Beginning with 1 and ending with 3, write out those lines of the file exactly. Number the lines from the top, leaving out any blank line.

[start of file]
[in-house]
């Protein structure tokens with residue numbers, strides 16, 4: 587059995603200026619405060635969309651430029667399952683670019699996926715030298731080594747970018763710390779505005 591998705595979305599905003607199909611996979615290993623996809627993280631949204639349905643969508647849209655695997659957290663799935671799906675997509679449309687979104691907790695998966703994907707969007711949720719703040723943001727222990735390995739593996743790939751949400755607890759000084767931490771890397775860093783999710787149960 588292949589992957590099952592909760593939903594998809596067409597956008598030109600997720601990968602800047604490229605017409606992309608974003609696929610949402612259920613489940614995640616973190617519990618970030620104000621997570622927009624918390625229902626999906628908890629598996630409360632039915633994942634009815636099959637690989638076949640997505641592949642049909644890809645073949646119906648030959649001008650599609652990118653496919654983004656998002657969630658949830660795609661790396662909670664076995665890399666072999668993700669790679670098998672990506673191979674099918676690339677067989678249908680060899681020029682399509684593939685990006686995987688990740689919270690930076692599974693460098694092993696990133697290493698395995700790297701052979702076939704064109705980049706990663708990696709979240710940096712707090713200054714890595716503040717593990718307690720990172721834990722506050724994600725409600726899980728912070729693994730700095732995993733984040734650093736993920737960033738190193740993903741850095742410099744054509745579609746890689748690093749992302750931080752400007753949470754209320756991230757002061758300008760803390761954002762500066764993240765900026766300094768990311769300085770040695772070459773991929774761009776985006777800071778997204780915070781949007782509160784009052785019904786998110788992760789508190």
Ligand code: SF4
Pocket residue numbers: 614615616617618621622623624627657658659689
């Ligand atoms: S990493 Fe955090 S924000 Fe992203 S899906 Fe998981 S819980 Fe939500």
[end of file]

[in-house]
């Protein structure tokens with residue numbers, strides 16, 4: 587059995603200026619405060635969309651430029667399952683670019699996926715030298731080594747970018763710390779505005 591998705595979305599905003607199909611996979615290993623996809627993280631949204639349905643969508647849209655695997659957290663799935671799906675997509679449309687979104691907790695998966703994907707969007711949720719703040723943001727222990735390995739593996743790939751949400755607890759000084767931490771890397775860093783999710787149960 588292949589992957590099952592909760593939903594998809596067409597956008598030109600997720601990968602800047604490229605017409606992309608974003609696929610949402612259920613489940614995640616973190617519990618970030620104000621997570622927009624918390625229902626999906628908890629598996630409360632039915633994942634009815636099959637690989638076949640997505641592949642049909644890809645073949646119906648030959649001008650599609652990118653496919654983004656998002657969630658949830660795609661790396662909670664076995665890399666072999668993700669790679670098998672990506673191979674099918676690339677067989678249908680060899681020029682399509684593939685990006686995987688990740689919270690930076692599974693460098694092993696990133697290493698395995700790297701052979702076939704064109705980049706990663708990696709979240710940096712707090713200054714890595716503040717593990718307690720990172721834990722506050724994600725409600726899980728912070729693994730700095732995993733984040734650093736993920737960033738190193740993903741850095742410099744054509745579609746890689748690093749992302750931080752400007753949470754209320756991230757002061758300008760803390761954002762500066764993240765900026766300094768990311769300085770040695772070459773991929774761009776985006777800071778997204780915070781949007782509160784009052785019904786998110788992760789508190």
Ligand code: SF4